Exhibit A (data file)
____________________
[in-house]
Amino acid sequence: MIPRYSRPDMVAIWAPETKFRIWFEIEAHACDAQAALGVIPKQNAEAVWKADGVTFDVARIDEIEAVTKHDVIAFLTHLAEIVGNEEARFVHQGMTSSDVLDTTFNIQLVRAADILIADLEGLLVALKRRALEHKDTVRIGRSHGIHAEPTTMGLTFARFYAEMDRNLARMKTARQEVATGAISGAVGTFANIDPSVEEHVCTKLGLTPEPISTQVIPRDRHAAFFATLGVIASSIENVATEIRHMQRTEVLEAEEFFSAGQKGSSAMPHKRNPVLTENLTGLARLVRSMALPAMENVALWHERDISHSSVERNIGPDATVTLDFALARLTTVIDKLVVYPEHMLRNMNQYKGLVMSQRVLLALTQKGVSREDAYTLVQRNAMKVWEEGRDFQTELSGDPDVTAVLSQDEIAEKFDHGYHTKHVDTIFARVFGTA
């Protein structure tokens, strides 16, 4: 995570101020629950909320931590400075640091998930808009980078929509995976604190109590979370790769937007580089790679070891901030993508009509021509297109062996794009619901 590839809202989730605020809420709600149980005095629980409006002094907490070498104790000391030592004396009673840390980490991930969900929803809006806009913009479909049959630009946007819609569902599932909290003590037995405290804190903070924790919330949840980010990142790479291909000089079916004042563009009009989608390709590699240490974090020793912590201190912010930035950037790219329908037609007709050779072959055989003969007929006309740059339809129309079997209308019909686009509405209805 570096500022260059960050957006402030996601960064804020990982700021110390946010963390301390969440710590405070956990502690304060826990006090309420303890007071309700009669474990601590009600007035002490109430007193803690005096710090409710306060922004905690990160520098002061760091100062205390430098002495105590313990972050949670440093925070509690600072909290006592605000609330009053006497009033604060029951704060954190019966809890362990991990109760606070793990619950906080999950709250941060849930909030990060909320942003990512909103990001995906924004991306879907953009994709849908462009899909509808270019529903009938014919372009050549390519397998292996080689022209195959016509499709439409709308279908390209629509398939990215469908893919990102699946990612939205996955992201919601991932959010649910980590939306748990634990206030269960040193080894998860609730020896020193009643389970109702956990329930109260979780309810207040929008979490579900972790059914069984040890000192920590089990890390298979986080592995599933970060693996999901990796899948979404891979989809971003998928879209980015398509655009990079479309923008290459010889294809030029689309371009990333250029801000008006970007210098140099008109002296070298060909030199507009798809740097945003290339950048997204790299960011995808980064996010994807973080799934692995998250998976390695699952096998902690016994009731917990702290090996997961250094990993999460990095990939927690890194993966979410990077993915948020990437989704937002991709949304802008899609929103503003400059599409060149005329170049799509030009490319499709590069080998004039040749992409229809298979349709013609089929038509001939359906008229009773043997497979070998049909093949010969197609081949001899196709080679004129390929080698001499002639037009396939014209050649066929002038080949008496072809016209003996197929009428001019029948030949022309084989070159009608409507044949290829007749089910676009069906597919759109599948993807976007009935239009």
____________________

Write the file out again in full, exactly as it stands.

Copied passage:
[in-house]
Amino acid sequence: MIPRYSRPDMVAIWAPETKFRIWFEIEAHACDAQAALGVIPKQNAEAVWKADGVTFDVARIDEIEAVTKHDVIAFLTHLAEIVGNEEARFVHQGMTSSDVLDTTFNIQLVRAADILIADLEGLLVALKRRALEHKDTVRIGRSHGIHAEPTTMGLTFARFYAEMDRNLARMKTARQEVATGAISGAVGTFANIDPSVEEHVCTKLGLTPEPISTQVIPRDRHAAFFATLGVIASSIENVATEIRHMQRTEVLEAEEFFSAGQKGSSAMPHKRNPVLTENLTGLARLVRSMALPAMENVALWHERDISHSSVERNIGPDATVTLDFALARLTTVIDKLVVYPEHMLRNMNQYKGLVMSQRVLLALTQKGVSREDAYTLVQRNAMKVWEEGRDFQTELSGDPDVTAVLSQDEIAEKFDHGYHTKHVDTIFARVFGTA
């Protein structure tokens, strides 16, 4: 995570101020629950909320931590400075640091998930808009980078929509995976604190109590979370790769937007580089790679070891901030993508009509021509297109062996794009619901 590839809202989730605020809420709600149980005095629980409006002094907490070498104790000391030592004396009673840390980490991930969900929803809006806009913009479909049959630009946007819609569902599932909290003590037995405290804190903070924790919330949840980010990142790479291909000089079916004042563009009009989608390709590699240490974090020793912590201190912010930035950037790219329908037609007709050779072959055989003969007929006309740059339809129309079997209308019909686009509405209805 570096500022260059960050957006402030996601960064804020990982700021110390946010963390301390969440710590405070956990502690304060826990006090309420303890007071309700009669474990601590009600007035002490109430007193803690005096710090409710306060922004905690990160520098002061760091100062205390430098002495105590313990972050949670440093925070509690600072909290006592605000609330009053006497009033604060029951704060954190019966809890362990991990109760606070793990619950906080999950709250941060849930909030990060909320942003990512909103990001995906924004991306879907953009994709849908462009899909509808270019529903009938014919372009050549390519397998292996080689022209195959016509499709439409709308279908390209629509398939990215469908893919990102699946990612939205996955992201919601991932959010649910980590939306748990634990206030269960040193080894998860609730020896020193009643389970109702956990329930109260979780309810207040929008979490579900972790059914069984040890000192920590089990890390298979986080592995599933970060693996999901990796899948979404891979989809971003998928879209980015398509655009990079479309923008290459010889294809030029689309371009990333250029801000008006970007210098140099008109002296070298060909030199507009798809740097945003290339950048997204790299960011995808980064996010994807973080799934692995998250998976390695699952096998902690016994009731917990702290090996997961250094990993999460990095990939927690890194993966979410990077993915948020990437989704937002991709949304802008899609929103503003400059599409060149005329170049799509030009490319499709590069080998004039040749992409229809298979349709013609089929038509001939359906008229009773043997497979070998049909093949010969197609081949001899196709080679004129390929080698001499002639037009396939014209050649066929002038080949008496072809016209003996197929009428001019029948030949022309084989070159009608409507044949290829007749089910676009069906597919759109599948993807976007009935239009």